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Member Research and Reports

Member Research and Reports

Maryland Researchers Study Vaccine Hesitancy in Adults for Themselves, Not Their Children

Too many Americans are not getting vaccinated, presenting a very real threat to public health as herd immunity is eroded. Much of the recent scholarship in vaccine refusal and hesitancy focuses on parental decision making about childhood vaccines. Yet with only about 44 percent of adults receiving a flu shot, and lower rates for other vaccines such as TDAP and pneumonia, understanding decision-making related to adult immunization is critical to increase vaccine uptake in adults. Together with her colleagues, family science Professor Sandra Quinn, senior associate director of the Maryland Center for Health Equity, has just published results from one of the first studies looking at vaccine hesitancy in adults for themselves, not their children. Their main findings suggest that exploring vaccine hesitancy among adults may be a useful approach to understanding the persistence of racial/ethnic disparities in vaccine acceptance between African American and white adults, and identifying strategies to improve vaccine uptake.

[Dr. Sandra Quinn]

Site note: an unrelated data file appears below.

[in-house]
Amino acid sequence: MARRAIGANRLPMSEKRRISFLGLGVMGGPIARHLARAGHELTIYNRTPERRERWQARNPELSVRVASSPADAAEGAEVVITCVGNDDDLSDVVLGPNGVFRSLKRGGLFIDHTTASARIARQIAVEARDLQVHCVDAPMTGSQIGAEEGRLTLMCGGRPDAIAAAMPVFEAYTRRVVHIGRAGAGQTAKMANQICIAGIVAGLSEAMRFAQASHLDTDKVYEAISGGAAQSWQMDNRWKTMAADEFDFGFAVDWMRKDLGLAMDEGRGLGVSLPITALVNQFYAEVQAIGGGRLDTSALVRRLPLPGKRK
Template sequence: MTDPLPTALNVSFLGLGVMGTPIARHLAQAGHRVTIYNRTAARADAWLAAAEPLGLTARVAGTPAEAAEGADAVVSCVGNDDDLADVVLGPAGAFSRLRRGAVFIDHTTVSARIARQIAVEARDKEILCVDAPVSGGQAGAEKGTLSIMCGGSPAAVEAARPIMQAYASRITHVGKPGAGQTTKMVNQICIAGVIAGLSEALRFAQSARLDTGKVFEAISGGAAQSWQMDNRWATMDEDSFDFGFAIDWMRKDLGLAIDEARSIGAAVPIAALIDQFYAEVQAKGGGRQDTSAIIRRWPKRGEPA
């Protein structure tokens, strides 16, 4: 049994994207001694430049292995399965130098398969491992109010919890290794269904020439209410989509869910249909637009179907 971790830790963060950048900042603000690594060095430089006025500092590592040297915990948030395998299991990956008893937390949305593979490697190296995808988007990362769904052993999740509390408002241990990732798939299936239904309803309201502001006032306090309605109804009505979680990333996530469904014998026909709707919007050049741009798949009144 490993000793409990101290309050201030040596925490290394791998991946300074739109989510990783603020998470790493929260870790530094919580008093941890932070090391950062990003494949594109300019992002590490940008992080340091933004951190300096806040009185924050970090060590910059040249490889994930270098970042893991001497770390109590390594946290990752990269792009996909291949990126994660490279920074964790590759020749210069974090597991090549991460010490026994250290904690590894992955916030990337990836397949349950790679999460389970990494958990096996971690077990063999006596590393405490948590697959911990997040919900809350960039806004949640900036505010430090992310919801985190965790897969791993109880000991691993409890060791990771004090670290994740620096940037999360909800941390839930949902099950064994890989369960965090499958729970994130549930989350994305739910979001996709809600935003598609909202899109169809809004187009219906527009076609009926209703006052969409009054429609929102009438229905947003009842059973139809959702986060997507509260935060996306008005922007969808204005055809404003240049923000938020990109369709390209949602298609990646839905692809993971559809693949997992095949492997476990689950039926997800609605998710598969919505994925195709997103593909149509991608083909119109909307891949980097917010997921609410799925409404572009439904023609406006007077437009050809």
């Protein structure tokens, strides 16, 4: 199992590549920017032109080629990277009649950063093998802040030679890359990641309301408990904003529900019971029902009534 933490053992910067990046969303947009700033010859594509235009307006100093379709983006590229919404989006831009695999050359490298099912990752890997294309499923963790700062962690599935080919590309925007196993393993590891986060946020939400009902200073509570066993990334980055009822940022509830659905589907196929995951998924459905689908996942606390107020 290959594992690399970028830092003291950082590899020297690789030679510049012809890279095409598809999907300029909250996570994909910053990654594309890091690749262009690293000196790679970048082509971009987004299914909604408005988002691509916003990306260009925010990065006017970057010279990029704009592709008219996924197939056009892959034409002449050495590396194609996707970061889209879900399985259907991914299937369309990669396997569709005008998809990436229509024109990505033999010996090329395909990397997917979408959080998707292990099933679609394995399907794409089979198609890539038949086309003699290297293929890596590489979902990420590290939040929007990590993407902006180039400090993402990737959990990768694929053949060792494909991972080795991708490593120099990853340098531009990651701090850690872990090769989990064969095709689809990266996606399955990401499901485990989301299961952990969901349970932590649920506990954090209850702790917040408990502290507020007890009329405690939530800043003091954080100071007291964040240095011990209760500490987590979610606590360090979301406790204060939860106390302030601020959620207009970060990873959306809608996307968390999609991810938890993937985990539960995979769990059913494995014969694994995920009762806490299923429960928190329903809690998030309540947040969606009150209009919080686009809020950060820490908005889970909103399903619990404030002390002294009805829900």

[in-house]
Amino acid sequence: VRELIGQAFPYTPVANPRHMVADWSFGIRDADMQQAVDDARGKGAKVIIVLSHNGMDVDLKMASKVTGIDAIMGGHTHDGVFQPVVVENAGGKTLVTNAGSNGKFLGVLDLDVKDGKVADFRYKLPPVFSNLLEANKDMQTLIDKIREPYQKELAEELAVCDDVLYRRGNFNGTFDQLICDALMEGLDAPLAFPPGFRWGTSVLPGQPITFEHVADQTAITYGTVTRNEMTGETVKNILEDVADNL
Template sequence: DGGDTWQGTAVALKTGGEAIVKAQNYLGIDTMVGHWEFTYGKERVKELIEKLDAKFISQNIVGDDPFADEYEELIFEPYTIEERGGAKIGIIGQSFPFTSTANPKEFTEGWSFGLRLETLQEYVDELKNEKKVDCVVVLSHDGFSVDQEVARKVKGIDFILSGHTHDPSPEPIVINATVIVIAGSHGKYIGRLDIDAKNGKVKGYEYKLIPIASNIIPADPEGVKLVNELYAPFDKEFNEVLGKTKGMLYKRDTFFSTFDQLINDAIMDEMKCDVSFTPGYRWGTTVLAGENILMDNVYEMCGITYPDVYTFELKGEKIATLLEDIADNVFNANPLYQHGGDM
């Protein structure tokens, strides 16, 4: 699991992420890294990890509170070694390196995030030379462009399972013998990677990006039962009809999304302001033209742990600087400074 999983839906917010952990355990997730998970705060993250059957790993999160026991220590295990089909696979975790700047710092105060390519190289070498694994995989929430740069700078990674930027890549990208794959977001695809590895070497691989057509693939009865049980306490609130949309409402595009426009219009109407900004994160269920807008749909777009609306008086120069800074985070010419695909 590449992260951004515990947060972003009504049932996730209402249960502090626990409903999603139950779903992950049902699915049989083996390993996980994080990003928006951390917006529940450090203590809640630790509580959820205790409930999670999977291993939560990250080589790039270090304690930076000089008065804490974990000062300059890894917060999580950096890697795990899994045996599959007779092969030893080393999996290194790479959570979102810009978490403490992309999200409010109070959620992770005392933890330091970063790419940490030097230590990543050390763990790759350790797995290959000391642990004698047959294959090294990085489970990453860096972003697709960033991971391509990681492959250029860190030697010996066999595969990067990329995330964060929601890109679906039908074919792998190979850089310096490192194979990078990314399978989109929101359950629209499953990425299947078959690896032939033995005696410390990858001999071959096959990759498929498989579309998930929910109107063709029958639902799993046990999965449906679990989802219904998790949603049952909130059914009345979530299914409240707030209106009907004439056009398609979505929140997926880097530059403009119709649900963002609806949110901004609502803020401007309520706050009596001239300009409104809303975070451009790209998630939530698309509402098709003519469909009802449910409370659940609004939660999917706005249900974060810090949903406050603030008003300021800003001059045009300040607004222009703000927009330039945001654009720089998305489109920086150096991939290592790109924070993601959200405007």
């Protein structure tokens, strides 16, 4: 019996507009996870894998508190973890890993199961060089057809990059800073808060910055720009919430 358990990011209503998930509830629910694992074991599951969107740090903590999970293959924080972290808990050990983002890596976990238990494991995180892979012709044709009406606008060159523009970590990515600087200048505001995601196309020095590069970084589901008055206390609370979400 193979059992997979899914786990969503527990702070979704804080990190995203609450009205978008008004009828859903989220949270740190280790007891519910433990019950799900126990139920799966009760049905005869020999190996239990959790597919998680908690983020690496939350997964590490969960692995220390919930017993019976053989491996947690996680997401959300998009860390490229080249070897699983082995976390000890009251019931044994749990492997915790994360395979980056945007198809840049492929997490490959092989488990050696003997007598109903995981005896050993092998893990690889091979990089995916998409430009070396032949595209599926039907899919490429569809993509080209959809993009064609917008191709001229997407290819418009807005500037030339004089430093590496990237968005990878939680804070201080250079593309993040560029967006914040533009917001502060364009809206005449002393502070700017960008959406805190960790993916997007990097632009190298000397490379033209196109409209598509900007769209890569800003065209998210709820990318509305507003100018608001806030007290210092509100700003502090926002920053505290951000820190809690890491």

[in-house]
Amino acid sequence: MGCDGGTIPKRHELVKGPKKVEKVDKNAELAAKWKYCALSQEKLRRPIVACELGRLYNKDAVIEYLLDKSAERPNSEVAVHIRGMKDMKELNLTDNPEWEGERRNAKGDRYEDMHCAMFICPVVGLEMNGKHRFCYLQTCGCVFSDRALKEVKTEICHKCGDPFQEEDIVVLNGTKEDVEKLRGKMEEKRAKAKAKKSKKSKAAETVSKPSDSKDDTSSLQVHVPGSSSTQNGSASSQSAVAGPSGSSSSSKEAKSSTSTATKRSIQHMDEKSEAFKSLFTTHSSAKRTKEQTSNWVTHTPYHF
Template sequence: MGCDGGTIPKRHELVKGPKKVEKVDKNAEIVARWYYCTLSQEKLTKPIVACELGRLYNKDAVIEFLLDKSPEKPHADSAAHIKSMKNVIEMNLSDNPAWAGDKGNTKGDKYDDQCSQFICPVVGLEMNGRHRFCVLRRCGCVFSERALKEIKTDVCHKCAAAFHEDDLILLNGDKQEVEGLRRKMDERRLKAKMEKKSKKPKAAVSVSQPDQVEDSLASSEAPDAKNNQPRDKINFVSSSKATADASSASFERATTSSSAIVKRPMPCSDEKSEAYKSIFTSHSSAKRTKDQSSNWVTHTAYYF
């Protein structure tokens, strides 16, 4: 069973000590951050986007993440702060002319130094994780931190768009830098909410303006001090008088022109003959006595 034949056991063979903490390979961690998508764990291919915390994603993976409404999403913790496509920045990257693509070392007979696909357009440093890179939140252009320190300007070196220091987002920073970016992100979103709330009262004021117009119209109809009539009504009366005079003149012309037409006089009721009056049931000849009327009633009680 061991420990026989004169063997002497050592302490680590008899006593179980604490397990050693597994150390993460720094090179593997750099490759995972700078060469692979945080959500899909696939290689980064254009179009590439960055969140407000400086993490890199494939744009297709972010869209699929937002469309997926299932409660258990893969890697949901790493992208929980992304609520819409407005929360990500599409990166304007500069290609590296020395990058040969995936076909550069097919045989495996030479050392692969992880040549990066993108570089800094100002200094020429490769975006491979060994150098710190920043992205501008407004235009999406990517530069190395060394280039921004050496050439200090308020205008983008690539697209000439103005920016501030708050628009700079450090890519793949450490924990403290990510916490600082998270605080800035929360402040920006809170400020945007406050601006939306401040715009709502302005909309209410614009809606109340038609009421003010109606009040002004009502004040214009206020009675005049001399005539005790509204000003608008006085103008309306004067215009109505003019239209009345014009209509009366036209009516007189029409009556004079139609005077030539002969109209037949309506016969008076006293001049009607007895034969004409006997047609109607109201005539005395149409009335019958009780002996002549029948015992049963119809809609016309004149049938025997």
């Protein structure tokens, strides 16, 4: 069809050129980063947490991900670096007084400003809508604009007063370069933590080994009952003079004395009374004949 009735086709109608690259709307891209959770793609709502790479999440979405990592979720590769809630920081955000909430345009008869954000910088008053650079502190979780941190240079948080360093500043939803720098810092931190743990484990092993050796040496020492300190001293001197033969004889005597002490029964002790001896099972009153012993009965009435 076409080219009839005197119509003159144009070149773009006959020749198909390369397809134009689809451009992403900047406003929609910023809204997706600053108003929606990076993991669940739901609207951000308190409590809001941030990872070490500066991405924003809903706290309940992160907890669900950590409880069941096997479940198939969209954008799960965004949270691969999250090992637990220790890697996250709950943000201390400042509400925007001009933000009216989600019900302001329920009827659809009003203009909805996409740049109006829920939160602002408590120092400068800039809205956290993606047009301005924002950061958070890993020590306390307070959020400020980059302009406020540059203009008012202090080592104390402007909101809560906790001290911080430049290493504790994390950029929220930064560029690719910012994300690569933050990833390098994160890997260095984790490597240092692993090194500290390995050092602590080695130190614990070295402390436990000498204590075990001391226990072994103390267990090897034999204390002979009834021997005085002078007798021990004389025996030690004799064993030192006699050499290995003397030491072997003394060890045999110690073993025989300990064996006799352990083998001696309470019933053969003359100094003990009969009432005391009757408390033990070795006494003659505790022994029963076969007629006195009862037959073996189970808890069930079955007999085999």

Dr. Quinn et al. found that there is a continuum of behavior ranging from never-takers to sometimes-takers to always-takers, with significant differences between African American and whites. They compared their findings to the Three Cs framework: Complacency, Convenience, and Confidence, and found that complacency contributed to low vaccine acceptance for both races. For sometimes-takers and always-takers, convenience contributed to vaccine uptake, yet never-takers described different reasons for their avoidance. These reasons differed by race. For example, African Americans cited cost as a barrier. Additionally, there were racial differences in trust and confidence that impacted the decision-making process.

Complacency and confidence were found to impact vaccine behavior both positively and negatively, and these two factors often affected behavior more profoundly than convenience. This understanding can help public health workers to influence vaccine uptake. For example, someone may be complacent about getting a flu vaccine, but if the vaccine is offered within the workplace, the convenience may overcome the complacency. By addressing some of the factors that negatively impact confidence in the vaccine, strategic health communication may help to overcome lack of confidence. Additionally, public health professionals can work with other partners to broaden delivery of the vaccine by enhancing convenience and increasing passive acceptance of the vaccine.

The article, Exploring the Continuum of Vaccine Hesitancy Between African American and White Adults: Results of a Qualitative Study, was published in the December issue of PLOS Current Outbreaks.